Fort Smith Neuroscience Center
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There are many different types of brain tumors. These can generally be divided into three categories in the adult population:
Meningiomas, Primary brain tumors (Astrocytomas), and Metastatic tumors. Meningiomas are generally benign, slow-growing tumors that originate from the arachnoid, which is a thin covering layer surrounding the brain (and is part of the "meninges"). Meningiomas account for approximately 15-20% of all brain tumors. Since the vast majority of meningiomas are benign and slow-growing, many of them do not require treatment at all and can be observed with serial MRI scans at periodic intervals. Large meningiomas can result in significant neurologic deficits from mass effect on the surrounding brain, however. Therefore, indications for treatment typically involve progressive growth over time demonstrated on serial MRIs or neurologic deficits attributable to mass effect from the tumor. Complete surgical resection is often curative with meningiomas, and this renders surgery the treatment modality of choice for most tumors. Other forms of treatment typically involve radiation, and this is usually reserved for meningiomas in difficult-to-access regions of the brain. Meningiomas typically have a characteristic enhancement pattern on MRI scans (Figure 1).
Primary brain tumors in most adults actually arise from the support cells within the brain (called astrocytes), and not the neurons themselves. These tumors are called astrocytomas, and their biological behavior can vary tremendously. Astrocytomas are typically given a "Grade" based on how many aggressive characteristics are present within the tumor when examined under a microscope by a Pathologist. Astrocytomas are graded from I to IV, with grade I tumors being the least aggressive and grade IV tumors being the most aggressive. Unfortunately Grade IV tumors are most commonly encountered in the adult population. Grade IV astrocytomas are also referred to as "Glioblastoma multiforme", and it is associated with a median survival of approximately one year. Glioblastomas often exhibit prominent enhancement patterns on MRI with severe mass effect upon the surrounding brain (Figure 2).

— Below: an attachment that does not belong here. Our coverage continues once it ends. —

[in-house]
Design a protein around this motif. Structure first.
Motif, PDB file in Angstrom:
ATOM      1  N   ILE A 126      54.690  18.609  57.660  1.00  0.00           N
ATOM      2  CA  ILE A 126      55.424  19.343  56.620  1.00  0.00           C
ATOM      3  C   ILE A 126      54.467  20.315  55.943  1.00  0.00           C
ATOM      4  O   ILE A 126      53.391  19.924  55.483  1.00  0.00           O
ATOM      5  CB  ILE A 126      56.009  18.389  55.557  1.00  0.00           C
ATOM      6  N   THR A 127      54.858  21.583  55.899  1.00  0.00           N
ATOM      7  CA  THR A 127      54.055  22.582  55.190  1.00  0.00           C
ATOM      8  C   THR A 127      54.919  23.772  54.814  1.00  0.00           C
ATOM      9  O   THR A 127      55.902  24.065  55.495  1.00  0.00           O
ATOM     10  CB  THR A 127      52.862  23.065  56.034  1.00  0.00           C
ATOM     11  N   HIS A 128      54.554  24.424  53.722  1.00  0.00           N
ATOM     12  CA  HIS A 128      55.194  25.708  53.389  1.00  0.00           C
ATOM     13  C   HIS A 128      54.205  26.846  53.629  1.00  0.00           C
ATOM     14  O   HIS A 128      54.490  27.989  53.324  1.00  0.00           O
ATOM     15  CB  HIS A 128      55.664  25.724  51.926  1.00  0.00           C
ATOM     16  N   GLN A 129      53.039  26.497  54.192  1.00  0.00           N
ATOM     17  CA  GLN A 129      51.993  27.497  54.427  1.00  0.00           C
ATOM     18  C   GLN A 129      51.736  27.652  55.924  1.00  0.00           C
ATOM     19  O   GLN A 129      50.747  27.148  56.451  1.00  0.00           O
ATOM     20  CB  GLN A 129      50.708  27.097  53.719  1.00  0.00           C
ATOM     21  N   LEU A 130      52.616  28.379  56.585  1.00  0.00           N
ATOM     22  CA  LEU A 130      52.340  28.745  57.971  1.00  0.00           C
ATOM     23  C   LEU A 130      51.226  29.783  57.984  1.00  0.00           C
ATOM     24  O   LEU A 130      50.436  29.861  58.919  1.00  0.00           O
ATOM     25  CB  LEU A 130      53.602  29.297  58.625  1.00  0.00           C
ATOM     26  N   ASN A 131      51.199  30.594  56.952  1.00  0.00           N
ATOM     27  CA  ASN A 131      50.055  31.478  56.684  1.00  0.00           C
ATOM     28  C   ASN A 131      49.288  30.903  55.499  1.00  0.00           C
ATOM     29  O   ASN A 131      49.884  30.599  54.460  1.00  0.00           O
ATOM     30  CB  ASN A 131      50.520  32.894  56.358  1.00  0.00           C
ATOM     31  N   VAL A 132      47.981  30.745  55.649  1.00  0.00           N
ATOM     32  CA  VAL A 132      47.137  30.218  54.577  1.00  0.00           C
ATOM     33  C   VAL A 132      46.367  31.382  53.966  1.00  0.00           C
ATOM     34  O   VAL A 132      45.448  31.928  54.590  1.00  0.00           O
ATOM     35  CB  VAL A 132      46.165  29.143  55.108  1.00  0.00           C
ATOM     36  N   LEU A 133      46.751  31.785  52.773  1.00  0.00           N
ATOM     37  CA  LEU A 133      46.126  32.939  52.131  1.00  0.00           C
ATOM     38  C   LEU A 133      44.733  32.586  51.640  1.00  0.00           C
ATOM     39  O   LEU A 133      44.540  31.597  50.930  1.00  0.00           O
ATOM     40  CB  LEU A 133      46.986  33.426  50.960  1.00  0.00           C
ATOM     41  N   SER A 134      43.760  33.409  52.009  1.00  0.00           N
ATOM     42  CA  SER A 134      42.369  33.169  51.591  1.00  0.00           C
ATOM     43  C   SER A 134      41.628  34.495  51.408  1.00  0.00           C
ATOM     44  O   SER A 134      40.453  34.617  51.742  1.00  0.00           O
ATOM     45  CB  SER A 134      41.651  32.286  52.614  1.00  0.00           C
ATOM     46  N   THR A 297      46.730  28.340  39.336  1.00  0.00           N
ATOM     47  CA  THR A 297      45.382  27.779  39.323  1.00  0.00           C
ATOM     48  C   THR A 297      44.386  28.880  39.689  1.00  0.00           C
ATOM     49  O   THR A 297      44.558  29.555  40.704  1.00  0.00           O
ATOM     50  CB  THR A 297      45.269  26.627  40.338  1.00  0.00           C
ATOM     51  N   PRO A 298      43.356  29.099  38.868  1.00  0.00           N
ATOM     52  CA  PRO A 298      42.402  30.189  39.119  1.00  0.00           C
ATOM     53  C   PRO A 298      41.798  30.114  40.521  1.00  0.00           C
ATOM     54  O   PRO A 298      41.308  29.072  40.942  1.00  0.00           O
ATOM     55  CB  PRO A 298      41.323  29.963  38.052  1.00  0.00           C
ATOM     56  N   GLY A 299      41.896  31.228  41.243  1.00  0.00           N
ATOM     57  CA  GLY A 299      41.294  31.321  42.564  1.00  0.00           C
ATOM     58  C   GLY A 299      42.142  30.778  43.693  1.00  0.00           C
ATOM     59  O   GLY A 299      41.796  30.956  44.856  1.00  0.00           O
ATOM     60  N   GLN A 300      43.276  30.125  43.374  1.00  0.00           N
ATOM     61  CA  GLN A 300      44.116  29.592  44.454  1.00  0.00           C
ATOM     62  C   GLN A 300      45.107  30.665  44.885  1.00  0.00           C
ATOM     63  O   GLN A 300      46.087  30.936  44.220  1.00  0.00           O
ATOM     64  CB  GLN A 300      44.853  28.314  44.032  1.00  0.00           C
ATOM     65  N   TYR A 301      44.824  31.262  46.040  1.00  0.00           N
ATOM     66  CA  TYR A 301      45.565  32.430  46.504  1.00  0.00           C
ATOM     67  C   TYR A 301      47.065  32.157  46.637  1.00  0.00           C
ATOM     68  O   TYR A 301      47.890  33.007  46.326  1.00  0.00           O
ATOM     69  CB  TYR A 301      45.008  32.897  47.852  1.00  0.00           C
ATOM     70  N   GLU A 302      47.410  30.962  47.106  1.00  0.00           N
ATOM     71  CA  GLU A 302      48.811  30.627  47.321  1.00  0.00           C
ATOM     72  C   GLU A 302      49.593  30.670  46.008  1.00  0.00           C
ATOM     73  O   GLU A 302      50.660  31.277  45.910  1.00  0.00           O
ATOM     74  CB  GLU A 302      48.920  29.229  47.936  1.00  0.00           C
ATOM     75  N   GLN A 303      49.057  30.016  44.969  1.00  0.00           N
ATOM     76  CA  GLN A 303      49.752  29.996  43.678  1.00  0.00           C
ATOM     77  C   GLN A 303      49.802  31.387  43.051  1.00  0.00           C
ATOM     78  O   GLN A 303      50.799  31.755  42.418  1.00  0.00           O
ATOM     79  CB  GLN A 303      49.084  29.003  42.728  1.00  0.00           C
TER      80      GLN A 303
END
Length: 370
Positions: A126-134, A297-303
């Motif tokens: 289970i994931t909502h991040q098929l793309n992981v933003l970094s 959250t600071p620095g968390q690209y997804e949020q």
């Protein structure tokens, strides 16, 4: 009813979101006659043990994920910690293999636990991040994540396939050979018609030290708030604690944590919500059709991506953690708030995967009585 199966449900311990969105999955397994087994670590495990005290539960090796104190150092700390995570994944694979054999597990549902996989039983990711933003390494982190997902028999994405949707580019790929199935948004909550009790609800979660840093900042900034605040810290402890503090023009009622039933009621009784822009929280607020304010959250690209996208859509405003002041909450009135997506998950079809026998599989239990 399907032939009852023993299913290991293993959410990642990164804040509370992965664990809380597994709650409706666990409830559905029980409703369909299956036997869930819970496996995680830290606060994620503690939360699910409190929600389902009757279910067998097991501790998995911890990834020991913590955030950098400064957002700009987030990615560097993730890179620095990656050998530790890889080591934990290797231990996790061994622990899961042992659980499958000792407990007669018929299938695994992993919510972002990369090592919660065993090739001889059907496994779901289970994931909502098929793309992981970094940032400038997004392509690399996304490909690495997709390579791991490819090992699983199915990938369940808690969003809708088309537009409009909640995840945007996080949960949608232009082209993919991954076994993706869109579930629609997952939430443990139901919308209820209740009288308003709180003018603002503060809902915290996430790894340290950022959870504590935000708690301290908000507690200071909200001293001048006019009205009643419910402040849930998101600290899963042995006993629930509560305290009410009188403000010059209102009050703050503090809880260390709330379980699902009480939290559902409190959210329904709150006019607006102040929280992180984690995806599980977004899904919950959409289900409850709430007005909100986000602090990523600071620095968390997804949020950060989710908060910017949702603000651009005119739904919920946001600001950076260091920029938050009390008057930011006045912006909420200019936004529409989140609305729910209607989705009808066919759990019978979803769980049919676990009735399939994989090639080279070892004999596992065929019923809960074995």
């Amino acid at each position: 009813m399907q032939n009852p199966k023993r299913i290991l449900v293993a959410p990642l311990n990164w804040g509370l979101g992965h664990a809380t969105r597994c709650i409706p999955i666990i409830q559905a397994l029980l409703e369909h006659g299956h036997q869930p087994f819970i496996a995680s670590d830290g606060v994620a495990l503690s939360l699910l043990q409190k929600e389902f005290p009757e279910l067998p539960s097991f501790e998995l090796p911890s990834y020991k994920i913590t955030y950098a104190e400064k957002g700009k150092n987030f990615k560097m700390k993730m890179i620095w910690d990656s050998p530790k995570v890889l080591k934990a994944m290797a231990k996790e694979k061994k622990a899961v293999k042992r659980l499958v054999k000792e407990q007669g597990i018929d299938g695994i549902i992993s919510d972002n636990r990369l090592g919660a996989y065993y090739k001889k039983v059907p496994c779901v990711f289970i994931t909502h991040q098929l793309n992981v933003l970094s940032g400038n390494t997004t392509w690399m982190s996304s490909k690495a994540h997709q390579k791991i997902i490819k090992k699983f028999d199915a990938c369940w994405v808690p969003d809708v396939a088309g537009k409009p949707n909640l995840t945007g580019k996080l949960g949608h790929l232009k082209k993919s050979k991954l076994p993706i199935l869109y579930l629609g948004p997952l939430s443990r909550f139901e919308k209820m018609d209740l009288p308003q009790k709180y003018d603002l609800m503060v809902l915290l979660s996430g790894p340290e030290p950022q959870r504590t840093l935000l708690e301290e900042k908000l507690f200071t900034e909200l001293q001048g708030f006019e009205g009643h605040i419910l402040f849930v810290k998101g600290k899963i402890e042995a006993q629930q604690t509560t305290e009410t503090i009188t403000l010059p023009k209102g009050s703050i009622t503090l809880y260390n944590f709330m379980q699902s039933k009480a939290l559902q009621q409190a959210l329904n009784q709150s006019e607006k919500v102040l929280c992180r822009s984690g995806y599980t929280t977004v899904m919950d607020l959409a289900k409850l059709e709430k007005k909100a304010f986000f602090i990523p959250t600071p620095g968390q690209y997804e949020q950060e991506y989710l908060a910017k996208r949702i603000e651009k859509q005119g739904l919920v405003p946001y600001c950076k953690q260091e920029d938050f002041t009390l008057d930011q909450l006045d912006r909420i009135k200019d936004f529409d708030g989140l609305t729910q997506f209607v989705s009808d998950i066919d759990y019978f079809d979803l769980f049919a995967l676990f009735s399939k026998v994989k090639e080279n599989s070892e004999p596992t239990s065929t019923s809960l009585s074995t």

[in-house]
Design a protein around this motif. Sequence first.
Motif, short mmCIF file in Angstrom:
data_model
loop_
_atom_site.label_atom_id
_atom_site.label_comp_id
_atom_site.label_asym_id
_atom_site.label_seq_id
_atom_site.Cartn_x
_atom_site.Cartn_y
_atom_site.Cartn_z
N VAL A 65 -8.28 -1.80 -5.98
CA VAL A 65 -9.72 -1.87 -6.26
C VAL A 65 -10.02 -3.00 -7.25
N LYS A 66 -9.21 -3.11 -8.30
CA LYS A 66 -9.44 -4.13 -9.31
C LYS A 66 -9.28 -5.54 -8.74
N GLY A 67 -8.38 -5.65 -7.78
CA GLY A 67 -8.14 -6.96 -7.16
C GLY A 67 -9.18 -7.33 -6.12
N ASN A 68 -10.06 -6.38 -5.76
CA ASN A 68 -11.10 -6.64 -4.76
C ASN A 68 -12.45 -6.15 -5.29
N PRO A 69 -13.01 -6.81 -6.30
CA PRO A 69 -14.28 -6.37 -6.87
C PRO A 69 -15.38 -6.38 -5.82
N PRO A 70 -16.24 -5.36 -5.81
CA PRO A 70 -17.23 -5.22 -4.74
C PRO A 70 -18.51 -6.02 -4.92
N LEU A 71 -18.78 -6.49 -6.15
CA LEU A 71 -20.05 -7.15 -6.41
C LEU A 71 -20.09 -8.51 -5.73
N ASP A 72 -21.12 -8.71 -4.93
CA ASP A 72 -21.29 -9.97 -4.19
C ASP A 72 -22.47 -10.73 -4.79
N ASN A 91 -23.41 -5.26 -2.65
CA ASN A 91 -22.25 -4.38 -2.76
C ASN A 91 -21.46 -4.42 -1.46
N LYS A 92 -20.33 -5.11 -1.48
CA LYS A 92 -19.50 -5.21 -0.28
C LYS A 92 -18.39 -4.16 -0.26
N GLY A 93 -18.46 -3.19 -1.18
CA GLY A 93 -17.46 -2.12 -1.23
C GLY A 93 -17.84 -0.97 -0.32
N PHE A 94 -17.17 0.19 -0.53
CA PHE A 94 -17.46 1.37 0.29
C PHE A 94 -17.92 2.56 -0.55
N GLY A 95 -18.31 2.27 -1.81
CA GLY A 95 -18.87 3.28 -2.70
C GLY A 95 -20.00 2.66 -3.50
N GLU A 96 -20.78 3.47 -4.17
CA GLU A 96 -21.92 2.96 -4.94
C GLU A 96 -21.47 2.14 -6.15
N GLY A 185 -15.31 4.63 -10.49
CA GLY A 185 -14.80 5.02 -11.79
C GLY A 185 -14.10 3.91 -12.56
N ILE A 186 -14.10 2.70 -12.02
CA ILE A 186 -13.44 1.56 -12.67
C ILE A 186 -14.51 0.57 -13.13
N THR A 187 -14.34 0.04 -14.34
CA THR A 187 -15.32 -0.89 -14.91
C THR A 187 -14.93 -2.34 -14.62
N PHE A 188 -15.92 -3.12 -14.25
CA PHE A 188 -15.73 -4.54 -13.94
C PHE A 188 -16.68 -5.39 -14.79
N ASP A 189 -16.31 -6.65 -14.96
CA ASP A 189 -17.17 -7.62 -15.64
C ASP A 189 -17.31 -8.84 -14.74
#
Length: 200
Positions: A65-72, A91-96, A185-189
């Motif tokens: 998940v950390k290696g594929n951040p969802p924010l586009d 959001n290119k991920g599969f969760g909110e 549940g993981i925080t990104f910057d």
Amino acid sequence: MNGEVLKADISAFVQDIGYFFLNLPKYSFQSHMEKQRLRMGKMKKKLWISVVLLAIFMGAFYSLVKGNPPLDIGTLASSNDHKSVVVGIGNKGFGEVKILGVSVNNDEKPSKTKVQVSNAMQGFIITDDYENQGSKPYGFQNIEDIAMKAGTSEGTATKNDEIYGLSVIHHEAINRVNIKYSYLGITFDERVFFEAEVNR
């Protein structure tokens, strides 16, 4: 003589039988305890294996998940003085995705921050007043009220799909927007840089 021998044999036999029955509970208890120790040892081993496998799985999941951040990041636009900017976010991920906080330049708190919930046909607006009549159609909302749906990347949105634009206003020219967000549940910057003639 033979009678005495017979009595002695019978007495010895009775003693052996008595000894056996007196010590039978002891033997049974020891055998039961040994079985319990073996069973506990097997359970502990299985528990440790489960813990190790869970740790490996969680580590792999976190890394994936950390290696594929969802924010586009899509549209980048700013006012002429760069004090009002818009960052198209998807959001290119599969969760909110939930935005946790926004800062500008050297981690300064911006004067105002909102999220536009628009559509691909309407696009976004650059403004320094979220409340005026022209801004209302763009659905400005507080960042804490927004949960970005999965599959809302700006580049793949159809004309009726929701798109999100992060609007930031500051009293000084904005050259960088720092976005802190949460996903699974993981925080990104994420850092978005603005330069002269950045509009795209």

Metastatic brain tumors are a result of cancer that arises elsewhere in the body and then spreads (or "metastasizes") to the brain. Metastatic brain tumors most commonly result from lung cancer, breast cancer, kidney (renal cell) cancer, gastrointestinal cancers, and melanoma (Figure 3). The treatment of metastatic brain tumors depends on the extent of the patient's disease at presentation. Patient's with a solitary brain metastatic tumor and relatively controlled systemic disease typically do best with surgical resection followed by whole brain radiation therapy to minimize recurrence and the development of additional metastatic tumors. Patient's with greater than three intracranial metastases and relatively-advanced systemic disease are typically treated with whole brain radiation therapy alone. Chemotherapy is often utilized for metastatic brain tumors as well, although many chemotherapy drugs have poor penetration into the central nervous system. The ideal treatment algorithm for a patient with metastatic brain tumors is typically individualized and often developed by coordination between an oncologist, neurosurgeon, and radiation oncologist. Ft. Smith Neuroscience Center provides neurosurgical management for all types of brain tumors.